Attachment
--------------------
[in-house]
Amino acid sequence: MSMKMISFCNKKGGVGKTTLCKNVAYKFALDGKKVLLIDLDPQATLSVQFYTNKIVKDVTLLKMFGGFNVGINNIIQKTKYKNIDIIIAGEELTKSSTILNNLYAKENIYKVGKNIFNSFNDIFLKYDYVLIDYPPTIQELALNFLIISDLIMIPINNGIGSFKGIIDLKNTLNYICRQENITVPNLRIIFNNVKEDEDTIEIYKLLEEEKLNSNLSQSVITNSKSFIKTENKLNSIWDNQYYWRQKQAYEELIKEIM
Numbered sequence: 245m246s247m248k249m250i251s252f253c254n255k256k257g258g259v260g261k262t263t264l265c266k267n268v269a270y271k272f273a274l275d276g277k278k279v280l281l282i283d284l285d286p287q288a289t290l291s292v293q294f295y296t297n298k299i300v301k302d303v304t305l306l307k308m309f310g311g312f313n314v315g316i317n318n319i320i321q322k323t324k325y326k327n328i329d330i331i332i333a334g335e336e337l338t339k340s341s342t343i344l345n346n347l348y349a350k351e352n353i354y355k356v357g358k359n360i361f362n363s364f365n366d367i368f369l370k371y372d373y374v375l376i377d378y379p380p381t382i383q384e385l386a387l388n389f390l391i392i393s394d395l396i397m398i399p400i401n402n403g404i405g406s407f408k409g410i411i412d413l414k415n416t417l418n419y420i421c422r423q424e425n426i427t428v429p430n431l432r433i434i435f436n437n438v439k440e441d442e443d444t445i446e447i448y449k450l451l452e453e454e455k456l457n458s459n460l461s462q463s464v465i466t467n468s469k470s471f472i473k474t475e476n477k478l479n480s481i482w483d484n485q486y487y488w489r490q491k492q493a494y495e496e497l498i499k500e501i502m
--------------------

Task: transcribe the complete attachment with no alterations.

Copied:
[in-house]
Amino acid sequence: MSMKMISFCNKKGGVGKTTLCKNVAYKFALDGKKVLLIDLDPQATLSVQFYTNKIVKDVTLLKMFGGFNVGINNIIQKTKYKNIDIIIAGEELTKSSTILNNLYAKENIYKVGKNIFNSFNDIFLKYDYVLIDYPPTIQELALNFLIISDLIMIPINNGIGSFKGIIDLKNTLNYICRQENITVPNLRIIFNNVKEDEDTIEIYKLLEEEKLNSNLSQSVITNSKSFIKTENKLNSIWDNQYYWRQKQAYEELIKEIM
Numbered sequence: 245m246s247m248k249m250i251s252f253c254n255k256k257g258g259v260g261k262t263t264l265c266k267n268v269a270y271k272f273a274l275d276g277k278k279v280l281l282i283d284l285d286p287q288a289t290l291s292v293q294f295y296t297n298k299i300v301k302d303v304t305l306l307k308m309f310g311g312f313n314v315g316i317n318n319i320i321q322k323t324k325y326k327n328i329d330i331i332i333a334g335e336e337l338t339k340s341s342t343i344l345n346n347l348y349a350k351e352n353i354y355k356v357g358k359n360i361f362n363s364f365n366d367i368f369l370k371y372d373y374v375l376i377d378y379p380p381t382i383q384e385l386a387l388n389f390l391i392i393s394d395l396i397m398i399p400i401n402n403g404i405g406s407f408k409g410i411i412d413l414k415n416t417l418n419y420i421c422r423q424e425n426i427t428v429p430n431l432r433i434i435f436n437n438v439k440e441d442e443d444t445i446e447i448y449k450l451l452e453e454e455k456l457n458s459n460l461s462q463s464v465i466t467n468s469k470s471f472i473k474t475e476n477k478l479n480s481i482w483d484n485q486y487y488w489r490q491k492q493a494y495e496e497l498i499k500e501i502m